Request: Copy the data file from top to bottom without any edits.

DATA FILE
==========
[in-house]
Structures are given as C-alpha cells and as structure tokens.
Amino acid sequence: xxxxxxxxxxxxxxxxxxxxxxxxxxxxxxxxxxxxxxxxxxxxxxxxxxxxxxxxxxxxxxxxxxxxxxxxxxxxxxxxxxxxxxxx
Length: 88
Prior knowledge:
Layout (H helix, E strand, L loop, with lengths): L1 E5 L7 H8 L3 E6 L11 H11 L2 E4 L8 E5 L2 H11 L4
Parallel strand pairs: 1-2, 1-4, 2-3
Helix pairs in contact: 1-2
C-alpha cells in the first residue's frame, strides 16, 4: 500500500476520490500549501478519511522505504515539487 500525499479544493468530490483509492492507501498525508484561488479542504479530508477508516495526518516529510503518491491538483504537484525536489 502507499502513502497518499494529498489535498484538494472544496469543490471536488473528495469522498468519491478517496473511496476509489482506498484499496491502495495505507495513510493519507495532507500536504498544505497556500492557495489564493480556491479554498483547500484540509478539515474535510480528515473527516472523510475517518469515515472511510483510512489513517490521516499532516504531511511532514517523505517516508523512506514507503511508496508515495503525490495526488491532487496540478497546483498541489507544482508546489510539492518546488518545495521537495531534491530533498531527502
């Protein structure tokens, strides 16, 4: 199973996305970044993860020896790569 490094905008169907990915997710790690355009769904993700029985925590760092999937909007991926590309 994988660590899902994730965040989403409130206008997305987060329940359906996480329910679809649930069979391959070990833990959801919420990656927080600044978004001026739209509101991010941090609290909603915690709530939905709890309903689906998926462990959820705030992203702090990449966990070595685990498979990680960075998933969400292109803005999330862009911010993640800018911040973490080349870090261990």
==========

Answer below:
[in-house]
Structures are given as C-alpha cells and as structure tokens.
Amino acid sequence: xxxxxxxxxxxxxxxxxxxxxxxxxxxxxxxxxxxxxxxxxxxxxxxxxxxxxxxxxxxxxxxxxxxxxxxxxxxxxxxxxxxxxxxx
Length: 88
Prior knowledge:
Layout (H helix, E strand, L loop, with lengths): L1 E5 L7 H8 L3 E6 L11 H11 L2 E4 L8 E5 L2 H11 L4
Parallel strand pairs: 1-2, 1-4, 2-3
Helix pairs in contact: 1-2
C-alpha cells in the first residue's frame, strides 16, 4: 500500500476520490500549501478519511522505504515539487 500525499479544493468530490483509492492507501498525508484561488479542504479530508477508516495526518516529510503518491491538483504537484525536489 502507499502513502497518499494529498489535498484538494472544496469543490471536488473528495469522498468519491478517496473511496476509489482506498484499496491502495495505507495513510493519507495532507500536504498544505497556500492557495489564493480556491479554498483547500484540509478539515474535510480528515473527516472523510475517518469515515472511510483510512489513517490521516499532516504531511511532514517523505517516508523512506514507503511508496508515495503525490495526488491532487496540478497546483498541489507544482508546489510539492518546488518545495521537495531534491530533498531527502
């Protein structure tokens, strides 16, 4: 199973996305970044993860020896790569 490094905008169907990915997710790690355009769904993700029985925590760092999937909007991926590309 994988660590899902994730965040989403409130206008997305987060329940359906996480329910679809649930069979391959070990833990959801919420990656927080600044978004001026739209509101991010941090609290909603915690709530939905709890309903689906998926462990959820705030992203702090990449966990070595685990498979990680960075998933969400292109803005999330862009911010993640800018911040973490080349870090261990």